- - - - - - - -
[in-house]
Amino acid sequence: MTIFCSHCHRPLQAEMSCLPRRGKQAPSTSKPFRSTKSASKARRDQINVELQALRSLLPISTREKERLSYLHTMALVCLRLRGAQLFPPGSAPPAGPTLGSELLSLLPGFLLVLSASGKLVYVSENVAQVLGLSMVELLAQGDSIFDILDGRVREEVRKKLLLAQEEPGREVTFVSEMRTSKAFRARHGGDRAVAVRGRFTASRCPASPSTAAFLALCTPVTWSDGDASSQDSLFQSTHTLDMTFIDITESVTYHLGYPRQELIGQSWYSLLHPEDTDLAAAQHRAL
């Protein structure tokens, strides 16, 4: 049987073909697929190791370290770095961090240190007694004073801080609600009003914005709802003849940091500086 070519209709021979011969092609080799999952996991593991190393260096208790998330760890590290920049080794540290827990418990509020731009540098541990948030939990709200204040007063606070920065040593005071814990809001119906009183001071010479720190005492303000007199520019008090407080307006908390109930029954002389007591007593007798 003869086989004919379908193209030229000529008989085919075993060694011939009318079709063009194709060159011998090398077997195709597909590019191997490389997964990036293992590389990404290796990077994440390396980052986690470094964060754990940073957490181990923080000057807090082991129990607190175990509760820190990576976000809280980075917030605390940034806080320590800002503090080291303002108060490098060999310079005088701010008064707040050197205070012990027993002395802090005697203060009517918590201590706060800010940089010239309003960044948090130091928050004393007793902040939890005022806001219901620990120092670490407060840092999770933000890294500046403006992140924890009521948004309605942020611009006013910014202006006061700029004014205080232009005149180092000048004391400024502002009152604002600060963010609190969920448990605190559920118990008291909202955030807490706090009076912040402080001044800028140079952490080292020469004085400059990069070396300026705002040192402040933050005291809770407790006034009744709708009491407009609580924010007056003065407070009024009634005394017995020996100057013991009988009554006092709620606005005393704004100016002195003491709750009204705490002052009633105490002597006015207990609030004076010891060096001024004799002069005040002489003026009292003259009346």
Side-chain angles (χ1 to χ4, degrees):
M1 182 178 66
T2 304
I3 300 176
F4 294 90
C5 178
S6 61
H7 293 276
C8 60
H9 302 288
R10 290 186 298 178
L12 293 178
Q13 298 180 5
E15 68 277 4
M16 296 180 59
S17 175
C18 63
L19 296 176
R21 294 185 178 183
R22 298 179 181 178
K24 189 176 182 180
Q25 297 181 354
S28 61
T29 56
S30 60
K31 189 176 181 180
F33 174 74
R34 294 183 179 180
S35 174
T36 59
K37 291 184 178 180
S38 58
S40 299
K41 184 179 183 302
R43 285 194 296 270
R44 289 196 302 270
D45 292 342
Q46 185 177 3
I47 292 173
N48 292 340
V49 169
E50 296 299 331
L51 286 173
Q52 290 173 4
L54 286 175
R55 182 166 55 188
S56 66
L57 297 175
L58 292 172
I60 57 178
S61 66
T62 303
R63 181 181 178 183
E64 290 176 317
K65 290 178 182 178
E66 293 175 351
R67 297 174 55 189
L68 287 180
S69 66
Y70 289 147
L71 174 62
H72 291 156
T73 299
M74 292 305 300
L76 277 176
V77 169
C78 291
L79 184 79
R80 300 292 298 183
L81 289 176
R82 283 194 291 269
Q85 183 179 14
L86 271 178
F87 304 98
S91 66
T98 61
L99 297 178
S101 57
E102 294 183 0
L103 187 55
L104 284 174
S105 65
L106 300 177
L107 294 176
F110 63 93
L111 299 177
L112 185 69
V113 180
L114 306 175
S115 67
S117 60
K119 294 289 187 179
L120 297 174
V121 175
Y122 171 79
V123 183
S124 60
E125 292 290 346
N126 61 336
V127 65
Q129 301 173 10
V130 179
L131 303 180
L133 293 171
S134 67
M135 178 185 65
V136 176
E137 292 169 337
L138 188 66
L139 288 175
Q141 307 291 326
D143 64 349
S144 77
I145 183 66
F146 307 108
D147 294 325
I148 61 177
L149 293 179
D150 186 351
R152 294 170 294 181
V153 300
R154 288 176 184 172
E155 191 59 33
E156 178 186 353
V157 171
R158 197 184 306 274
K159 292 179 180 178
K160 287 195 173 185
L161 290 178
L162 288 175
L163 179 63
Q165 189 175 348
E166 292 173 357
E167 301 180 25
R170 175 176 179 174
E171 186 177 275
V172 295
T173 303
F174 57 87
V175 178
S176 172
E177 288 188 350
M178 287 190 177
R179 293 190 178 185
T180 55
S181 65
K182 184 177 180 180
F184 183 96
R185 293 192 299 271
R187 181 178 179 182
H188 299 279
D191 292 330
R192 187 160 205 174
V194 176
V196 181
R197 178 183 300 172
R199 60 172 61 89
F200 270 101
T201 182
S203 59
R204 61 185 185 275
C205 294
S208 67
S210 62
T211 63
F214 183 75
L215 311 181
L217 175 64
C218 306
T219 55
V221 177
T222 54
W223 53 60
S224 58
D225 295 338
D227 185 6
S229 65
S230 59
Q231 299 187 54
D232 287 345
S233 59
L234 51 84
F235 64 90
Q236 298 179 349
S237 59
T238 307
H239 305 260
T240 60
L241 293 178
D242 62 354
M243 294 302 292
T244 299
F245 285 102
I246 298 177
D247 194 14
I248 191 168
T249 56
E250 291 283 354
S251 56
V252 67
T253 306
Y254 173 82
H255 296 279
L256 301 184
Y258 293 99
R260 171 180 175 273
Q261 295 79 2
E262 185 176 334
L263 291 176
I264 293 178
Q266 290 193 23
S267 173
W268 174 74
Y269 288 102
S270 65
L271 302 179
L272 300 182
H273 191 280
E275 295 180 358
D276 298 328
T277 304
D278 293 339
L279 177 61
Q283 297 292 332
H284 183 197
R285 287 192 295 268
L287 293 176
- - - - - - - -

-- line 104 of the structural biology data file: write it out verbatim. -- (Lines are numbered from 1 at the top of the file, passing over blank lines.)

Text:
Q129 301 173 10